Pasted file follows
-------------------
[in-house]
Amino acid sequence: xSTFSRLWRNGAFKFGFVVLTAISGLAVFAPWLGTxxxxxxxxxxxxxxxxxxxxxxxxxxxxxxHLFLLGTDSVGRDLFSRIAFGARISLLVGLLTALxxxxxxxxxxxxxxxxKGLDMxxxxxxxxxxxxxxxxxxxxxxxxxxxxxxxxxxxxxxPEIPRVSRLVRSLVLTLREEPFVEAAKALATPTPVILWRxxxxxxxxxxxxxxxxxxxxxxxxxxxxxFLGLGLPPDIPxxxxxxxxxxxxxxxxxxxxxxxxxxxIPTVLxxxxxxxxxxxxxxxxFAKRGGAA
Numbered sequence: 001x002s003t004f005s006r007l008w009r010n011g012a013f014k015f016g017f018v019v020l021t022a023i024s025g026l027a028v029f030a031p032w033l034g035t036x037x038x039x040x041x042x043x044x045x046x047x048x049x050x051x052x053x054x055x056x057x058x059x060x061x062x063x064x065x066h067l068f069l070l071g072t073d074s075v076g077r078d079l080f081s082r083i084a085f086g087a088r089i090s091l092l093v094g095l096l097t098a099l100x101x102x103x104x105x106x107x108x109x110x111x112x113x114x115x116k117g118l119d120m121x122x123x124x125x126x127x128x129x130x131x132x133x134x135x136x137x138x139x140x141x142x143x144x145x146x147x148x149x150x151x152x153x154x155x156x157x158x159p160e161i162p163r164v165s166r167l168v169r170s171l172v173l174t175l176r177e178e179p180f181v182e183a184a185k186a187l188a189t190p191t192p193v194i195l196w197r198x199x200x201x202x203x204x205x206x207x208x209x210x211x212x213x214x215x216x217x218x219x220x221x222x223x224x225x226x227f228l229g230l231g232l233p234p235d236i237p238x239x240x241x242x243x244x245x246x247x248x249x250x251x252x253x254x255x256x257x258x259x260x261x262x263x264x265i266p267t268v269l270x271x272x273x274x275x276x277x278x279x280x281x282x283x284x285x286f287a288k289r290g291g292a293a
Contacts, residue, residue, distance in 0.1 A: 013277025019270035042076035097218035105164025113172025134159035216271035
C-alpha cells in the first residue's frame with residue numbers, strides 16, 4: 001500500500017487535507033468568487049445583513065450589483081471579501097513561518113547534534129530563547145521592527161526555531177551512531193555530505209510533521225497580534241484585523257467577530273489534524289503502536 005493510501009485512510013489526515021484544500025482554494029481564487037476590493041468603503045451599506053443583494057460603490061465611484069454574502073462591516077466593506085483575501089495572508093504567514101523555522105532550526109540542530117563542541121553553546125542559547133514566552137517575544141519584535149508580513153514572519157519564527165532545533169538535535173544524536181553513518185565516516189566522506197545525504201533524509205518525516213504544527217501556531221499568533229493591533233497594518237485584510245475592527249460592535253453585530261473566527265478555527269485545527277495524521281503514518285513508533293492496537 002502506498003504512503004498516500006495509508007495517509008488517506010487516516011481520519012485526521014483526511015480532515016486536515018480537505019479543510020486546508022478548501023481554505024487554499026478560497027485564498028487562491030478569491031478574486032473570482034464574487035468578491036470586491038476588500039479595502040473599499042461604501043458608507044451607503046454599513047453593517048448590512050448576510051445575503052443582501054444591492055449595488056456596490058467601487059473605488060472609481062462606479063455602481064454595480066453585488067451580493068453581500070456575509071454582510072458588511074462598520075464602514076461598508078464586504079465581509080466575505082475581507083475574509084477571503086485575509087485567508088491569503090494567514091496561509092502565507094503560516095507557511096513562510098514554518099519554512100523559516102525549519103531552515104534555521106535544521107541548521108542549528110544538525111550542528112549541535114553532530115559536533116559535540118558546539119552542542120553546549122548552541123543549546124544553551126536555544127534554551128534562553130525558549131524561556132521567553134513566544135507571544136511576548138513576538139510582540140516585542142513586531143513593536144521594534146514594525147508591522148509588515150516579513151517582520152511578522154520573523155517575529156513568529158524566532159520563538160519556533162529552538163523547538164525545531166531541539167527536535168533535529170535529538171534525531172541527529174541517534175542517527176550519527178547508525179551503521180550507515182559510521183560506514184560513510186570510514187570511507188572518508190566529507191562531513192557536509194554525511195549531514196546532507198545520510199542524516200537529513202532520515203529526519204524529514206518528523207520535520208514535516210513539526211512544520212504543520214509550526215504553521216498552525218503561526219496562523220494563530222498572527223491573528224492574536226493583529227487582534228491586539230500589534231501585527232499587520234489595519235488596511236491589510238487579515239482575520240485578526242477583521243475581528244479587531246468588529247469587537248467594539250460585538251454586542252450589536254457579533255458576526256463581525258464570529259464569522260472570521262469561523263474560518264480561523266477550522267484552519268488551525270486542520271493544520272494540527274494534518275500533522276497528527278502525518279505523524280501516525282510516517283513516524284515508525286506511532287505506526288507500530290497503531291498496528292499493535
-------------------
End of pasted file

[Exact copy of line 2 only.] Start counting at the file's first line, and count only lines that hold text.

Amino acid sequence: xSTFSRLWRNGAFKFGFVVLTAISGLAVFAPWLGTxxxxxxxxxxxxxxxxxxxxxxxxxxxxxxHLFLLGTDSVGRDLFSRIAFGARISLLVGLLTALxxxxxxxxxxxxxxxxKGLDMxxxxxxxxxxxxxxxxxxxxxxxxxxxxxxxxxxxxxxPEIPRVSRLVRSLVLTLREEPFVEAAKALATPTPVILWRxxxxxxxxxxxxxxxxxxxxxxxxxxxxxFLGLGLPPDIPxxxxxxxxxxxxxxxxxxxxxxxxxxxIPTVLxxxxxxxxxxxxxxxxFAKRGGAA